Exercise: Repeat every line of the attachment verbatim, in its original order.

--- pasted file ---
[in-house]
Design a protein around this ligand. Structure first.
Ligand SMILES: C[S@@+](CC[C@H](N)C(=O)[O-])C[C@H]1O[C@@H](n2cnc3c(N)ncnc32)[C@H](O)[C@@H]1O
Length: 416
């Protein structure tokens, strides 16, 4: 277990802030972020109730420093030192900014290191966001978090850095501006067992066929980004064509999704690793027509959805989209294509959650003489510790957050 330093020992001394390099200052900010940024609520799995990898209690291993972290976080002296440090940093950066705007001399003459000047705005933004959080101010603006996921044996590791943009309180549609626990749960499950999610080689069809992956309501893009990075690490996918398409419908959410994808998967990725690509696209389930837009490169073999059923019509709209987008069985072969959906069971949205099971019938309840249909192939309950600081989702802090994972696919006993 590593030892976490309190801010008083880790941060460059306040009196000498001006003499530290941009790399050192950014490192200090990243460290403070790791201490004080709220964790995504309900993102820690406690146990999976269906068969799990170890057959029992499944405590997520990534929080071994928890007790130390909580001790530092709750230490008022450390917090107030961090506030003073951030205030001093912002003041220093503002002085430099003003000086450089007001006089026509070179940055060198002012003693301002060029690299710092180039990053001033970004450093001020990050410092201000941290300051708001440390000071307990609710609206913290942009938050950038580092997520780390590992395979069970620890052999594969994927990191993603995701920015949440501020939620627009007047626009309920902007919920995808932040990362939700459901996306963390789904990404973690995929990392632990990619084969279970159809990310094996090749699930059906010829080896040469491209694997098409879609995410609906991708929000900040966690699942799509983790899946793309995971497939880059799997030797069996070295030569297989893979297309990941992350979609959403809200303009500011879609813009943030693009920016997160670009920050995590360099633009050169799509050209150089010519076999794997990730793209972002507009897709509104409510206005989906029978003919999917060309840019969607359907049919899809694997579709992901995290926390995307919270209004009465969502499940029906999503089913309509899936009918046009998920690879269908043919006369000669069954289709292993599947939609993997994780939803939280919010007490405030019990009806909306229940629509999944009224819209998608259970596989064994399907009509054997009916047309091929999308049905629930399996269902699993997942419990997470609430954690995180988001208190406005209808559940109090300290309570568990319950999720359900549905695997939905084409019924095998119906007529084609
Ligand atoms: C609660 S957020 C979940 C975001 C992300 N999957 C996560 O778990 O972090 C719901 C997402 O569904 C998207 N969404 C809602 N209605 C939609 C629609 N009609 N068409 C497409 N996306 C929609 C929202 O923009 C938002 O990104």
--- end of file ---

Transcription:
[in-house]
Design a protein around this ligand. Structure first.
Ligand SMILES: C[S@@+](CC[C@H](N)C(=O)[O-])C[C@H]1O[C@@H](n2cnc3c(N)ncnc32)[C@H](O)[C@@H]1O
Length: 416
């Protein structure tokens, strides 16, 4: 277990802030972020109730420093030192900014290191966001978090850095501006067992066929980004064509999704690793027509959805989209294509959650003489510790957050 330093020992001394390099200052900010940024609520799995990898209690291993972290976080002296440090940093950066705007001399003459000047705005933004959080101010603006996921044996590791943009309180549609626990749960499950999610080689069809992956309501893009990075690490996918398409419908959410994808998967990725690509696209389930837009490169073999059923019509709209987008069985072969959906069971949205099971019938309840249909192939309950600081989702802090994972696919006993 590593030892976490309190801010008083880790941060460059306040009196000498001006003499530290941009790399050192950014490192200090990243460290403070790791201490004080709220964790995504309900993102820690406690146990999976269906068969799990170890057959029992499944405590997520990534929080071994928890007790130390909580001790530092709750230490008022450390917090107030961090506030003073951030205030001093912002003041220093503002002085430099003003000086450089007001006089026509070179940055060198002012003693301002060029690299710092180039990053001033970004450093001020990050410092201000941290300051708001440390000071307990609710609206913290942009938050950038580092997520780390590992395979069970620890052999594969994927990191993603995701920015949440501020939620627009007047626009309920902007919920995808932040990362939700459901996306963390789904990404973690995929990392632990990619084969279970159809990310094996090749699930059906010829080896040469491209694997098409879609995410609906991708929000900040966690699942799509983790899946793309995971497939880059799997030797069996070295030569297989893979297309990941992350979609959403809200303009500011879609813009943030693009920016997160670009920050995590360099633009050169799509050209150089010519076999794997990730793209972002507009897709509104409510206005989906029978003919999917060309840019969607359907049919899809694997579709992901995290926390995307919270209004009465969502499940029906999503089913309509899936009918046009998920690879269908043919006369000669069954289709292993599947939609993997994780939803939280919010007490405030019990009806909306229940629509999944009224819209998608259970596989064994399907009509054997009916047309091929999308049905629930399996269902699993997942419990997470609430954690995180988001208190406005209808559940109090300290309570568990319950999720359900549905695997939905084409019924095998119906007529084609
Ligand atoms: C609660 S957020 C979940 C975001 C992300 N999957 C996560 O778990 O972090 C719901 C997402 O569904 C998207 N969404 C809602 N209605 C939609 C629609 N009609 N068409 C497409 N996306 C929609 C929202 O923009 C938002 O990104």